In important but differing ways, the four major stories in the summer 2022 edition of Marquette Lawyer magazine all focus on what can be done to improve things when harm occurs.
The cover story—featuring the biggest news this past year for Marquette University Law School itself—spotlights a $5 million gift from Marquette alumni, Louie Andrew (L’66) and his wife, Suzanne Bouquet Andrew (Sp’66). The gift has established an endowment enabling the university to create the Andrew Center for Restorative Justice at the Law School. The Andrews have been longtime generous supporters of the Law School, both generally since the tenure of the late Dean Howard B. Eisenberg and, particularly, of the work of Distinguished Professor of Law Janine P. Geske, L’75, an internationally known advocate of restorative justice.
Restorative justice work, broadly speaking, involves bringing together people who have been affected by harmful situations and, through discussions, often in moderated circle groups, seeking ways to reduce the harm. Geske, a former state supreme court justice and trial judge, first took part in restorative justice sessions at the Wisconsin correctional facility in Green Bay. The Andrews became supporters of Geske’s work through the Law School to bring restorative justice principles to bear on a range of major social issues and to hold a series of conferences at the Law School, beginning in 2004.
In recent years, the Law School’s Restorative Justice Initiative, as it was called beginning in 2004, reached a crossroads, on account of factors including the impact of the pandemic and Geske’s retirement. When Geske, the Andrews, and others then determined to renew the work in an enduring way, the Andrews stepped up with their historic donation this past December and Geske agreed to return to the Law School to get the permanent effort launched.
In the new magazine, an article, headlined “Starfish Enterprise,” describes the past path of restorative justice at the Law School—and its anticipated future through the new Andrew Center for Restorative Justice. Click here to read the piece. A companion article, “A Quiet Approach, Resounding Accomplishments,” profiles the Andrews and may be read by clicking here.
The next entry takes up the law’s more traditional (civil) approach to harm. In a new book rich in detail and perspective, Joseph A. Ranney, Marquette Law School’s Adrian P. Schoone Fellow in Legal History, examines legal approaches to civil wrongs and their aftermath—the harms that lead people to turn to courts. That is to say, Ranney writes about the law of torts. The magazine offers excerpts from his new book, The Burdens of All: A Social History of American Tort Law (Carolina Academic Press 2021), and from related pieces by Ranney.
From the early days of railroads to the rise of automobiles and the expansion of product liability law, Ranney describes trends and ideas that have shaped tort law. The magazine piece concludes with observations by Alexander B. Lemann, assistant professor of law at Marquette University, on Ranney’s book. Both Ranney’s collection, “Exploring the Fault Lines,” and Lemann’s comment, “Tort Law’s Past—and Future,” may be read by clicking here.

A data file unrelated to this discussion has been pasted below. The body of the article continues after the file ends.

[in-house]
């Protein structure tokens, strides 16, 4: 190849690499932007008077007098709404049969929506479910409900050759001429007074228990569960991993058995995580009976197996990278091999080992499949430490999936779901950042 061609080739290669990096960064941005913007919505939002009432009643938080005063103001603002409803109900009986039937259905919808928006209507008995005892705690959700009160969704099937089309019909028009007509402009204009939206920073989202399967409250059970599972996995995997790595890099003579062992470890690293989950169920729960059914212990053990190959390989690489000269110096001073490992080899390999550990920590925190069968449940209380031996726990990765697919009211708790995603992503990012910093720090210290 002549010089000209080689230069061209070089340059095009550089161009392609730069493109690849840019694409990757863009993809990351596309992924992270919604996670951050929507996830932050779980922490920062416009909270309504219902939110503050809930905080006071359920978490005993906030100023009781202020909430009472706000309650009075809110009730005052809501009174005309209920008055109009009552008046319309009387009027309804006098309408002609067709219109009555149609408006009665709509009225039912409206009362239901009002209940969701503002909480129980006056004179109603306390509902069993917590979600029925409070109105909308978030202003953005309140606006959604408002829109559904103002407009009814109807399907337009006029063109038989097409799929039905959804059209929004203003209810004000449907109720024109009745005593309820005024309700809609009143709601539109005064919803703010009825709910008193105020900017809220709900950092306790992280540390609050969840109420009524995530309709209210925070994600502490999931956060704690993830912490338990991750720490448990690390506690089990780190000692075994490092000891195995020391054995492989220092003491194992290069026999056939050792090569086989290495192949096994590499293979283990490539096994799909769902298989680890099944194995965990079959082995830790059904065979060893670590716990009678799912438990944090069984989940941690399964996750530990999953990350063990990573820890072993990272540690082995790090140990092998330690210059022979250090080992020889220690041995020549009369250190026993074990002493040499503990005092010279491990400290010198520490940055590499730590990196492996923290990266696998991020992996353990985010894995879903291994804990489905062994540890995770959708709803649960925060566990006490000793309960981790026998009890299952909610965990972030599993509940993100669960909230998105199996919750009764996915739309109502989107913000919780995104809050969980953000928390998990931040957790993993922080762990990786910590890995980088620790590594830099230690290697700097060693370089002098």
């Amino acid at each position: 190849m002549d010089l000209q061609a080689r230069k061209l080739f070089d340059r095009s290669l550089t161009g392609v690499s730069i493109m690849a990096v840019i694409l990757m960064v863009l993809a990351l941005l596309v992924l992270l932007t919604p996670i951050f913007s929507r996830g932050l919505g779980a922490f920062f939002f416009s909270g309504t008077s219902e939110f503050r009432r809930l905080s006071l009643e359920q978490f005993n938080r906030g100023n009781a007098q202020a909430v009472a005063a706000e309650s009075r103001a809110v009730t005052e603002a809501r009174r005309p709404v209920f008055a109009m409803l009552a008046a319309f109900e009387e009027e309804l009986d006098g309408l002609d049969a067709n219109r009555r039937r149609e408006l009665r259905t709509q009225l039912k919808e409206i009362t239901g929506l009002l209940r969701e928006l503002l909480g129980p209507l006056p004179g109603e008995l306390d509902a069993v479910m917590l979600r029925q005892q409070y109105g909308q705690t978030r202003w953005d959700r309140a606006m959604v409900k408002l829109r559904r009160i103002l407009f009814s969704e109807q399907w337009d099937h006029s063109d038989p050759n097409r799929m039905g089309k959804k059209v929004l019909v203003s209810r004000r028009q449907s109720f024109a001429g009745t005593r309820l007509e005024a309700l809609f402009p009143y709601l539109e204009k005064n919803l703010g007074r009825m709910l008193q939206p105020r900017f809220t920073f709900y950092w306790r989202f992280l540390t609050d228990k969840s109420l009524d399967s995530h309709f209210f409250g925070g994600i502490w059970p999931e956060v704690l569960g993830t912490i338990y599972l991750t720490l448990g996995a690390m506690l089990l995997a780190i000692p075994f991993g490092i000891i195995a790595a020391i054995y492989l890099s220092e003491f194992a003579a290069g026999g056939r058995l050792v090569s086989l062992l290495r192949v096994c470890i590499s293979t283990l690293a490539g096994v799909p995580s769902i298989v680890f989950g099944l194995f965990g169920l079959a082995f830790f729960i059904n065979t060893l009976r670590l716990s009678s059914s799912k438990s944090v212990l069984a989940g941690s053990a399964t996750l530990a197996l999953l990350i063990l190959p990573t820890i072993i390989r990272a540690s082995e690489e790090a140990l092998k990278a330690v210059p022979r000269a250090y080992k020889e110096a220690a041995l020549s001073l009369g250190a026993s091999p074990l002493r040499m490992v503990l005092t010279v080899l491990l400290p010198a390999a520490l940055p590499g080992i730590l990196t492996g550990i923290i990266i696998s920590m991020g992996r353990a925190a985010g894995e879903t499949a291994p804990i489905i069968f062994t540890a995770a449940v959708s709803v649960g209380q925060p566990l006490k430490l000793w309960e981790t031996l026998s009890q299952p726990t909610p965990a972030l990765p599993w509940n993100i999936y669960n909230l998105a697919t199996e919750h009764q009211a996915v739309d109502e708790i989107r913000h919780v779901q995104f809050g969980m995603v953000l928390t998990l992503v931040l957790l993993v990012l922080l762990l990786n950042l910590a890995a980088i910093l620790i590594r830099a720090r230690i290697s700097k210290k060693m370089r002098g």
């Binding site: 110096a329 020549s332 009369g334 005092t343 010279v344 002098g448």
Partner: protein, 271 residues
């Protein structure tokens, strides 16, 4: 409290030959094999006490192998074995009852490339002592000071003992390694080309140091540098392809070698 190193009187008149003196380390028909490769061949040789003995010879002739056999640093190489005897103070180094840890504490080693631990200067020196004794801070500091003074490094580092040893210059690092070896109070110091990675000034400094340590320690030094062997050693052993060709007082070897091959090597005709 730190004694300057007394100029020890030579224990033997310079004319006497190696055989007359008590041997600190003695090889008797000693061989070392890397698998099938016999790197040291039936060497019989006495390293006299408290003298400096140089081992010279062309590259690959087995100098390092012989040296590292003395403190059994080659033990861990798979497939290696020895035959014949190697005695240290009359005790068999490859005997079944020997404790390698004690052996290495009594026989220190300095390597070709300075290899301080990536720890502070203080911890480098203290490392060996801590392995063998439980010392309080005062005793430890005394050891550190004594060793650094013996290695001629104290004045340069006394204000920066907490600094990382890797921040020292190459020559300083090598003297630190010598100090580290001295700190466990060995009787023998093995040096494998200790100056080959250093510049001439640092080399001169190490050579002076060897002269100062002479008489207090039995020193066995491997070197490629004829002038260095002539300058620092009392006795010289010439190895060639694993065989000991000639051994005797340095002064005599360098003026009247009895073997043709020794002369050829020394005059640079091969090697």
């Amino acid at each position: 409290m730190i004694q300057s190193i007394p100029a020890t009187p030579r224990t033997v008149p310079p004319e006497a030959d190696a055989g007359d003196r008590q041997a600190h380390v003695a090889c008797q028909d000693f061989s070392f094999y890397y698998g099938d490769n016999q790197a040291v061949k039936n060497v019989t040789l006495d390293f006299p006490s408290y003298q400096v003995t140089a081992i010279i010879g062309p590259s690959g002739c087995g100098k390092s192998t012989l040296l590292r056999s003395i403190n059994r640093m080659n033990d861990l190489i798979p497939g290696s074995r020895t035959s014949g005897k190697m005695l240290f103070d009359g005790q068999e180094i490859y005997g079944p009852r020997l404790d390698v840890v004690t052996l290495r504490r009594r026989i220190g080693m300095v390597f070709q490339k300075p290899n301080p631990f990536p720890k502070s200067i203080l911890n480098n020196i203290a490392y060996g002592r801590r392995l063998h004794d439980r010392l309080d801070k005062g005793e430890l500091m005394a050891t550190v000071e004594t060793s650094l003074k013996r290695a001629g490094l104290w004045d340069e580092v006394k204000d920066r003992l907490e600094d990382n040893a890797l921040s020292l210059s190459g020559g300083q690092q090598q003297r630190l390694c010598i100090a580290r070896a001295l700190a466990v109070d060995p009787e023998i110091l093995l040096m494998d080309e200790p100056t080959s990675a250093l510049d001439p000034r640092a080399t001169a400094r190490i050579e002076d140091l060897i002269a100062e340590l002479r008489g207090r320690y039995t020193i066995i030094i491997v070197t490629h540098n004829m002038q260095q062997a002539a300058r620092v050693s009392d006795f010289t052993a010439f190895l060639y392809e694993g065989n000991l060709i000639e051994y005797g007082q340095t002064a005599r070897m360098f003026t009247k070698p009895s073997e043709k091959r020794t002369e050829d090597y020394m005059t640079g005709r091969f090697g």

The third entry in this series takes up a particular, even unique, aspect of the past academic year’s pro bono work—which is, more generally, an important part of life for many Marquette Law School students. During the holiday break this past December and January, 49 law students, nearly 10 percent of the Law School’s enrollment, volunteered to spend time at the U.S. Army base, Fort McCoy, in rural west central Wisconsin. Thousands of people who had been evacuated from Afghanistan during the collapse of the government there in August 2021 had been temporarily settled at Fort McCoy, hoping for, awaiting, new homes in the United States.
The law students did not receive pay or academic credit for their work. But they found satisfaction in the assistance they were able to give the Afghans in getting started on the process of getting permission to stay in the United States permanently. An article in the magazine describes the students’ work and includes comments from five of them on this special way of helping others deal with the harm that had overturned their prior lives. The article, “Helped Today; Gone Forward Tomorrow,” may be read by clicking here.
Finally, dealing with environmental issues and the future of water—indeed, the rise of the administrative state more generally—can also be looked at as a way of responding to harm and potential harm in our society. Since 2014, the Law School’s Water Law and Policy Initiative, part of the broader emphasis on water issues at Marquette University, has addressed important water issues. Led by Professor David Strifling, the initiative has contributed to understanding of subjects ranging from high-tech ways of managing water use to the virtues of using kitchen garbage disposals. The work of the initiative is described in ”Even the Kitchen Sink,” which may be read by clicking here.
To be sure, there is more to the magazine. This includes an encomium of William C. Welburn, upon his retirement as Marquette University’s vice president for inclusive excellence this past academic year, and Dean Joseph D. Kearney’s reflections on the Andrew Center for Restorative Justice and some of the relationships that have moved Marquette Law School forward during the past 130 years. His column, “Let Us Tell You a Story—or Many Connecting Ones,” may be read by clicking here. And, scarcely least, the Class Notes pages succinctly describe recent accomplishments of more than 90 Marquette lawyers and may be read by clicking here.